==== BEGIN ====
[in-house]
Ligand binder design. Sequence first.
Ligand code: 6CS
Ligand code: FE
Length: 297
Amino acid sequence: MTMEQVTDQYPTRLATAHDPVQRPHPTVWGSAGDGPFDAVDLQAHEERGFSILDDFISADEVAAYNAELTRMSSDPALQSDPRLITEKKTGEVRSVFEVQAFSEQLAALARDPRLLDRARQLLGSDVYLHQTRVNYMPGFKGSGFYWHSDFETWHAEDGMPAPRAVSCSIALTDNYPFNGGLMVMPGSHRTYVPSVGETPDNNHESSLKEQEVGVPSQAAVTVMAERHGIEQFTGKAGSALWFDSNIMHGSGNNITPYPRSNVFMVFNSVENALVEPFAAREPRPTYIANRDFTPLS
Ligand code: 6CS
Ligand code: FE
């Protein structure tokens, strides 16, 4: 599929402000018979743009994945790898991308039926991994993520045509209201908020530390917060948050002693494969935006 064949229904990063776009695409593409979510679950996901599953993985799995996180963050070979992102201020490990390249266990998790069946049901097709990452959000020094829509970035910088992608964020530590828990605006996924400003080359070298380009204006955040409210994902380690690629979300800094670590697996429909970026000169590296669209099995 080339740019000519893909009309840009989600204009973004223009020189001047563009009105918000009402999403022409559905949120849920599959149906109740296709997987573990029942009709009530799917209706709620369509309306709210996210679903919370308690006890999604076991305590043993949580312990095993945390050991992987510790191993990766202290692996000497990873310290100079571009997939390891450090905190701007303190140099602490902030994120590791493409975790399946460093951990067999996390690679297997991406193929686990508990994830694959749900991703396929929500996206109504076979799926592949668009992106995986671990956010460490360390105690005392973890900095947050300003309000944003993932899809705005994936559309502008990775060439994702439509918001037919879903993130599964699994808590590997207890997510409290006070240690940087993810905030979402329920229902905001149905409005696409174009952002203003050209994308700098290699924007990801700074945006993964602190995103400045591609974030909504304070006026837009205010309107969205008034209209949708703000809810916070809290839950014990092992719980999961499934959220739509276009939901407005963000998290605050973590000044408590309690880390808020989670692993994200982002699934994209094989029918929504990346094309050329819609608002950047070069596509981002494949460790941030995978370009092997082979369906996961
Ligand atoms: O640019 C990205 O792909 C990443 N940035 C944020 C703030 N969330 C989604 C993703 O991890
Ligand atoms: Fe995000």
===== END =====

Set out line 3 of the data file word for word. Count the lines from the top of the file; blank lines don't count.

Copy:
Ligand code: 6CS